We confirmed that pluripotent genes (NANOG and OCT4) were completely down-regulated after YM155 treatment and were nearly prevented at the final day of stage II. Finally, expression was not detected at 15 day of differentiation. Under our optimized concentration of YM155 at stage II, USCs could efficiently induce apoptotic cell death. Also, YM155 effectively prevented teratoma formation in our in-vivo study. Interestingly, teratoma occurrence was observed in the transplantation of QIA7-iHeps without YM155. This might be derived from residual USCs on differentiation. Residual USCs accounted for approximately 20–30% of the whole differentiating cells based on the expression of pluripotent marker genes and proteins at stage II. Arithmetically, we can presume that approximately 2×105 cells remaining as USCs were injected into the testis. Finally, these cells induced teratoma (40%). Based on a previous study , this cell number is sufficient to induce teratoma formation. On the contrary, QIA7-iHeps pretreated with YM155 did not form anything. Regarding cell therapy, the elimination of residual USCs is one of the major concerns to guarantee safety. Based on our evidence, we will be able to utilize the differentiated cells safely as a donor in cell transplantation.
YM155 could selectively eliminate USCs with an effective treatment time point and optimal concentration on hepatic differentiation. The removal of residual USCs enhanced the efficiency of hepatic differentiation as well as reduced a potential risk of teratoma formation. To our knowledge, this is the first report to demonstrate the effects of YM155 on in-vitro hepatic differentiation. Based on recently advanced technology of hepatic differentiation, application of YM155 will allow generation of a pure hepatocyte population and safety of cell transplantation in regenerative medicine.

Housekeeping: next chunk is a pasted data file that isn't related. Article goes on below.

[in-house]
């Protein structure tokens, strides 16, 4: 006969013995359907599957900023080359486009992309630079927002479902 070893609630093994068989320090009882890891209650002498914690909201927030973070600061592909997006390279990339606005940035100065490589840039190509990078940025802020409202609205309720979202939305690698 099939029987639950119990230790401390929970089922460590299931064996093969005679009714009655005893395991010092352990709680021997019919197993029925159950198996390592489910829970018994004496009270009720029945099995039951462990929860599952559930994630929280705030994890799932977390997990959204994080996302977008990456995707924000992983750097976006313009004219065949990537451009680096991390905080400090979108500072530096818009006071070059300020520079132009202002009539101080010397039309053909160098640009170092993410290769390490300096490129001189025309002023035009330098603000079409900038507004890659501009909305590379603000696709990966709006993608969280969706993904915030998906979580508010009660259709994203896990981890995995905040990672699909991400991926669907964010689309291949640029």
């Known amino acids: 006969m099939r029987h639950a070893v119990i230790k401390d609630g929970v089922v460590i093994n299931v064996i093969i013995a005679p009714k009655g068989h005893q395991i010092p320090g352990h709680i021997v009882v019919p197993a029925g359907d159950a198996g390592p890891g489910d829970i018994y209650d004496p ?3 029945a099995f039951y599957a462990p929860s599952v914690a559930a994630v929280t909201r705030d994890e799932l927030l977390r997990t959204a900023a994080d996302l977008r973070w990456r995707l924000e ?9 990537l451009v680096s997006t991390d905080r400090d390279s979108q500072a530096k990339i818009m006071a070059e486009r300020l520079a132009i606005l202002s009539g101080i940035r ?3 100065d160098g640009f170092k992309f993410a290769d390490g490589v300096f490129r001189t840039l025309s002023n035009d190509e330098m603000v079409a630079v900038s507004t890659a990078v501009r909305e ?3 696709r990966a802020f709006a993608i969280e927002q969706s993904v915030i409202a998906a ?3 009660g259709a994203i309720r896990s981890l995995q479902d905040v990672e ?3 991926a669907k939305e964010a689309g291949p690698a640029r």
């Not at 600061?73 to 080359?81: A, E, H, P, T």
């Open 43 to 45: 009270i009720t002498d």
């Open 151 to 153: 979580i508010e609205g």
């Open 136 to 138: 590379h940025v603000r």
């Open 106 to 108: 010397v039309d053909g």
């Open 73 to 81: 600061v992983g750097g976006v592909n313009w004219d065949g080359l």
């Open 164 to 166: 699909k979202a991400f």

is Table S1. presenting a list of primer sets and Table S2. presenting antibody information. (DOCX 31 kb)
contains supplementary materials and methods presenting TRA-1-60 livestaining and Annexin V staining; Figure S1. showing the immunocytochemical phenotype stage on hepatic differentiation; Figure S2. showing the YM155 effect on stage I; Figure S3. showing expression of apoptosis-related genes (BIRC5 and BAX) during the whole hepatic differentiation of QIA7; Figure S4. showing Annexin V staining with QIA7, QIA7-iHeps (7 days of differentiation) and hAT-SCs after YM155 treatment for 24 h; Figure S5. showing the livestaining of TRA-1-60 at stage II (day 7 of differentiation) after YM155 treatment for 24 h; and Figure S6. showing the histological analysis of teratomas derived from QIA7 and QIA7-iHeps without pretreatment of YM155. (DOCX 11505 kb)
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This project was supported by research funds from Animal and Plant Quarantine Agency (QIA), Republic of Korea.
All data generated or analyzed during this study are included in this published article and its supplementary information files.
S-JK, H-GK, H-OK and J-YS were responsible for experimental design and data analysis. S-JK and H-GK performed the experiments, assembled and interpreted the data, and wrote the manuscript. Y-IP, HY and NT assisted with cell culture, PCR and immunostaining. S-RH was responsible for teratoma formation and animal care. All authors read and approved the final manuscript.
The authors declare that they have no competing interests.
All animal experiments were performed according to the Code of Laboratory Animal Welfare Ethics, Animal and Plant Quarantine & Inspection Agency (QIA), Republic of Korea. All surgeries and sacrifices were performed under anesthesia. Every effort was made to minimize animal suffering.
Seok-Jin Kang, Email: email@example.com.
Young-Il Park, Email: rk.aerok@iyp.
So-Ryeon Hwang, Email: rk.aerok@noeyros.
Hee Yi, Email: rk.aerok@eehiy.
Nga Tham, Email: rk.aerok@mahtgan.
Hyun-Ok Ku, Email: rk.aerok@ohuk.
Jae-Young Song, Email: rk.aerok@gnosyjgnos.
Hwan-Goo Kang, Phone: 82-54-912-0572, Email: rk.aerok@76ghgnak.